Thursday, January 26, 2012

How to Make an Old Jointer Plane Act Newer

Its common knowledge that adding an improved iron and chipbreaker to an old Stanley plane will improve its performance.  In fact, a set from Ron Hock was among my very first premium handtool purchases.  However, the iron did not fit my plane, and I was afraid to tamper with it.  Until today.

There are no images because it is not a photogenic operation...  I just made a thin scribe with a square and put tape down to mark the mouth, clamped the plane in a vise (with wooden shims to pad the jaws), and went to work with a file.  I was nervous about opening it too far, so stopped, put the frog back into place and tested it 3 times before I had it open enough.  When it did fit, my mind was blown.  This jointer, an old #7, was already a joy to use.  Now its an amazing joy.  I can dial it almost as fine as a smoother, but the real magic is on the shooting board.  Before, I was getting an odd stripe on the end grain, although I could find no nick in the iron.  I was also getting slightly out-of-square ends, although this was remedied by flipping the board and taking a couple more cuts.  However, now the shooting is not only easier, but much more accurate.  Should have done this a long time ago!

One little benefit of this set-up is that now I can keep the frog snugged right up front, where it should be, so that the iron is supported at the very bottom by the plane body itself.  When the frog is retracted, there is a slight gap there.  It might only be a few millimeters, but every bit helps in the war on chatter.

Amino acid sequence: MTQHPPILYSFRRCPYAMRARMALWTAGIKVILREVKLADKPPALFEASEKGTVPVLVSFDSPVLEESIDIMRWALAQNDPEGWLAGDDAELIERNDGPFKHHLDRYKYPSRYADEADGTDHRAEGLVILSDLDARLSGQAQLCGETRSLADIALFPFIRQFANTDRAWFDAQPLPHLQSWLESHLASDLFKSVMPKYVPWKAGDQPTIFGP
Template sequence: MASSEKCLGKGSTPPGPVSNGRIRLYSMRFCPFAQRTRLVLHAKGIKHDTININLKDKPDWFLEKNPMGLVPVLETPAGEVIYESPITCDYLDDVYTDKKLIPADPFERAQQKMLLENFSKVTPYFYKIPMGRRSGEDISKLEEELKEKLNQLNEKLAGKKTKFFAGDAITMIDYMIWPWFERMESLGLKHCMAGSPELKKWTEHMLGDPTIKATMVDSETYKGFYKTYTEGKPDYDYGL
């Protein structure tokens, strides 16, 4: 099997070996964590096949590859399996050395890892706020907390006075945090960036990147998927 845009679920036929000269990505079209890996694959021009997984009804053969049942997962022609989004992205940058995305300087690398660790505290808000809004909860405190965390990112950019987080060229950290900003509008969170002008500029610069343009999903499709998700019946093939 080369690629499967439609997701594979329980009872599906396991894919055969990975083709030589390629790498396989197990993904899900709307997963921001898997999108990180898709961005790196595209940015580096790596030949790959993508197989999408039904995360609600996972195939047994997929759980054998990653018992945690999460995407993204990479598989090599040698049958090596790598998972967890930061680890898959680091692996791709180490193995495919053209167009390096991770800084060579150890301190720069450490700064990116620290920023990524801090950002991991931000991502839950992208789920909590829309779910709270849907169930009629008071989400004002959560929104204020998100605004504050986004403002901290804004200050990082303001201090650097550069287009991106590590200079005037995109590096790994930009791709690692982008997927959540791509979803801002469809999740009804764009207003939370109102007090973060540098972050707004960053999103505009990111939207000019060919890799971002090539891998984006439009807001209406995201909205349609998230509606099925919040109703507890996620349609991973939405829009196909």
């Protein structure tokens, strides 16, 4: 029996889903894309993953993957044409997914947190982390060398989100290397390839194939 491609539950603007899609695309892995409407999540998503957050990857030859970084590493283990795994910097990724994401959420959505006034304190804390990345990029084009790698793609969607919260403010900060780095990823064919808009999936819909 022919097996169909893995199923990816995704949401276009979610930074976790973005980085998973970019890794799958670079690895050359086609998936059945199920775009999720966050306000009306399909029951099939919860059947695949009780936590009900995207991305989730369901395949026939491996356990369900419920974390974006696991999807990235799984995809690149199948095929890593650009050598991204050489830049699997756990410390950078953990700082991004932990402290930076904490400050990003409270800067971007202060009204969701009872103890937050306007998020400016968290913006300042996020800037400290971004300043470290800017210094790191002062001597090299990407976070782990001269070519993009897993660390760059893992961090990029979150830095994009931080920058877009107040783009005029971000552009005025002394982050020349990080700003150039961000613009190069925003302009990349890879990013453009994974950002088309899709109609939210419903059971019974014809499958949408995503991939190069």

I use a Hock iron and chipbreaker in my jack plane (a #5) and it is fantastic as well.  In that case, I had them grind a 10 degree camber on it for me since I was a little nervous about making such a drastic modification to the stock iron.  I would now not hesitate to do this myself, but if you are new to hand planes and are planning to buy an iron from Ron, it might be worth it to inquire about this service.

The desire for a Lie-Nielsen #7 is fading, as is the desire for a #51 Shooting Plane.  Wait, who am I kidding? I still want a #51.  While my jointer now shoots nicely, it is still murder on the hands to do for very long.  There is just not a comfortable spot to hold it which is also effective. Not sure its an issue worth $500 to fix, but I do dream of such things.


  1. I want to do this... I've been saving my pennies for a Hock blade for this #7 I picked up. the blade is crap, so it's a great candidate for this.

    Thanks for the inspiration.

  2. Badger- I honestly think this relatively small outlay is one of the best things you can do for your shop. The difference is amazing.

  3. Hi,
    Great post I'm enjoying the journey.
    May I recommend a hotdog for your #7 made a vast improvement to mine for shooting. Very good instructions here: